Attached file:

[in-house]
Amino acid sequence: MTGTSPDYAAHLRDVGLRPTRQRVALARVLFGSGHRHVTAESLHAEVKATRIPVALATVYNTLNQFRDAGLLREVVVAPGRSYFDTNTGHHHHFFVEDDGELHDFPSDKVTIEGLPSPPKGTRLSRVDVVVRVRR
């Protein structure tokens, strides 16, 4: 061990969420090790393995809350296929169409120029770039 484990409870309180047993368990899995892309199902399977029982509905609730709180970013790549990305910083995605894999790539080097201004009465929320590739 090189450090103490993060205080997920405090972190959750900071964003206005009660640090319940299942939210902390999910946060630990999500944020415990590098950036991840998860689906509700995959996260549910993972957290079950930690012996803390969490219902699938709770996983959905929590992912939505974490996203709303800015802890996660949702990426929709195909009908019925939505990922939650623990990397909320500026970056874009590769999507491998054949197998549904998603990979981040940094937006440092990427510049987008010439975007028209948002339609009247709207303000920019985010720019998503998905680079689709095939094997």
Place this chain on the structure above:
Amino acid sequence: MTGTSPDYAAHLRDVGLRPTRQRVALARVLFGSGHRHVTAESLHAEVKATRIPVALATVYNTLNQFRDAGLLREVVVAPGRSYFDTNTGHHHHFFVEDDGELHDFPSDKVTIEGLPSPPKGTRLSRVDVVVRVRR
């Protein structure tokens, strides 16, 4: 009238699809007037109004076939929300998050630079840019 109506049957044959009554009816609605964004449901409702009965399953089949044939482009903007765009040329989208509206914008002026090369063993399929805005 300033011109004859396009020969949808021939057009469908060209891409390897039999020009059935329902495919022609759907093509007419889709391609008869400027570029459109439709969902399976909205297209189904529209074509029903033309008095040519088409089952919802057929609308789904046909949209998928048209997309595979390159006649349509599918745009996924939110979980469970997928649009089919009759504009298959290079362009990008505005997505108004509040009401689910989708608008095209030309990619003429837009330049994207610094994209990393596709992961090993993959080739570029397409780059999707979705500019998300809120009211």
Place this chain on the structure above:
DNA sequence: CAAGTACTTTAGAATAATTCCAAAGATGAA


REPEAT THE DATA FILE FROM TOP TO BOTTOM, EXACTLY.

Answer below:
[in-house]
Amino acid sequence: MTGTSPDYAAHLRDVGLRPTRQRVALARVLFGSGHRHVTAESLHAEVKATRIPVALATVYNTLNQFRDAGLLREVVVAPGRSYFDTNTGHHHHFFVEDDGELHDFPSDKVTIEGLPSPPKGTRLSRVDVVVRVRR
């Protein structure tokens, strides 16, 4: 061990969420090790393995809350296929169409120029770039 484990409870309180047993368990899995892309199902399977029982509905609730709180970013790549990305910083995605894999790539080097201004009465929320590739 090189450090103490993060205080997920405090972190959750900071964003206005009660640090319940299942939210902390999910946060630990999500944020415990590098950036991840998860689906509700995959996260549910993972957290079950930690012996803390969490219902699938709770996983959905929590992912939505974490996203709303800015802890996660949702990426929709195909009908019925939505990922939650623990990397909320500026970056874009590769999507491998054949197998549904998603990979981040940094937006440092990427510049987008010439975007028209948002339609009247709207303000920019985010720019998503998905680079689709095939094997």
Place this chain on the structure above:
Amino acid sequence: MTGTSPDYAAHLRDVGLRPTRQRVALARVLFGSGHRHVTAESLHAEVKATRIPVALATVYNTLNQFRDAGLLREVVVAPGRSYFDTNTGHHHHFFVEDDGELHDFPSDKVTIEGLPSPPKGTRLSRVDVVVRVRR
């Protein structure tokens, strides 16, 4: 009238699809007037109004076939929300998050630079840019 109506049957044959009554009816609605964004449901409702009965399953089949044939482009903007765009040329989208509206914008002026090369063993399929805005 300033011109004859396009020969949808021939057009469908060209891409390897039999020009059935329902495919022609759907093509007419889709391609008869400027570029459109439709969902399976909205297209189904529209074509029903033309008095040519088409089952919802057929609308789904046909949209998928048209997309595979390159006649349509599918745009996924939110979980469970997928649009089919009759504009298959290079362009990008505005997505108004509040009401689910989708608008095209030309990619003429837009330049994207610094994209990393596709992961090993993959080739570029397409780059999707979705500019998300809120009211």
Place this chain on the structure above:
DNA sequence: CAAGTACTTTAGAATAATTCCAAAGATGAA